Paul Johnson and Darren Beech caught up with Peter Knight after Gigspanner Big Band closed the Friday night of New Forest Folk Festival 2019.
We talk to Peter about the early days of Gigspanner, how the idea came about, Peter’s ethos for music, what he looks for in his musical relationships and how he approaches his new projects since Steeleye Span.
There is a very funny interlude, when the one and only Hugh Crabtree makes an appearance with a bottle of wine. We also talk to Peter’s about John Spiers, how the partnership came together, Peter’s workshops and the Gigspanner Big Band.
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Gigspanner are a band for whom improvisation is as important as composition. In theory, no two performances will be the same even with the same set list. I’d love to hear them on two successive nights in different venues but I’ve had to content myself with hearing them twice this year. It’s fascinating to hear how the music has evolved over a few months – or is it just that this is how it was on this night in this theatre with this audience?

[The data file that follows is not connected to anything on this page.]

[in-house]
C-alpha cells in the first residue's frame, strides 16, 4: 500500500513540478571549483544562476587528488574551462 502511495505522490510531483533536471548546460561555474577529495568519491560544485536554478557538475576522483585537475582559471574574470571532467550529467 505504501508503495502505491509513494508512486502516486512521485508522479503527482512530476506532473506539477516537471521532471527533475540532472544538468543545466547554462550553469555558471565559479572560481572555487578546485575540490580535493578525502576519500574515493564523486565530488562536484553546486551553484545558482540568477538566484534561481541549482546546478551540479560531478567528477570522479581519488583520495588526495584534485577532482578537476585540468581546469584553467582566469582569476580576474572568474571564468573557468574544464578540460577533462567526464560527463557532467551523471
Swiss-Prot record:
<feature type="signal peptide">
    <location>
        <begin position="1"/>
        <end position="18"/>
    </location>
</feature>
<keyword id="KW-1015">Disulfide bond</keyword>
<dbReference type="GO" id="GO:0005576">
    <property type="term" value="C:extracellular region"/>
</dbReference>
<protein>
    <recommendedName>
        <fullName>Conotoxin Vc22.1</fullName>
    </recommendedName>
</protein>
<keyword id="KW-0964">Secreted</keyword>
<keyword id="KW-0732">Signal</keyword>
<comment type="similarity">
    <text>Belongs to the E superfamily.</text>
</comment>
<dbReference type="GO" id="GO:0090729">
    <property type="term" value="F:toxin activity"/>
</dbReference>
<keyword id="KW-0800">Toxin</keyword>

There are certainly more backing vocals from Roger Flack and Vincent Salzfaas which boost the refrains and the ending of ‘Mrs McGrath’ has been reworked to take that into account but the rest is mere conjecture. ‘Picnic’ seemed tighter and ‘Bonny Birdie’ more aggressive but Peter had just spoken movingly about Ray Fisher with whom he first played the song and perhaps it was that emotion coming out. Roger extended his solo on ‘Sitting On Top Of The World’ and Vincent got three turns in the spotlight which was different and Peter probably played more pizzicato than bowing, creating some very non-violin sounds on ‘Too Late For Shadows’ for example, but that is pretty much standard.
The time sped past too quickly as it often does when the music is so engrossing. The band has had a couple of months off after a long tour and the chaps seem to have come back from their summer re-energised. You could never accuse them of head-banging but there was some serious leaning forward and nodding at times.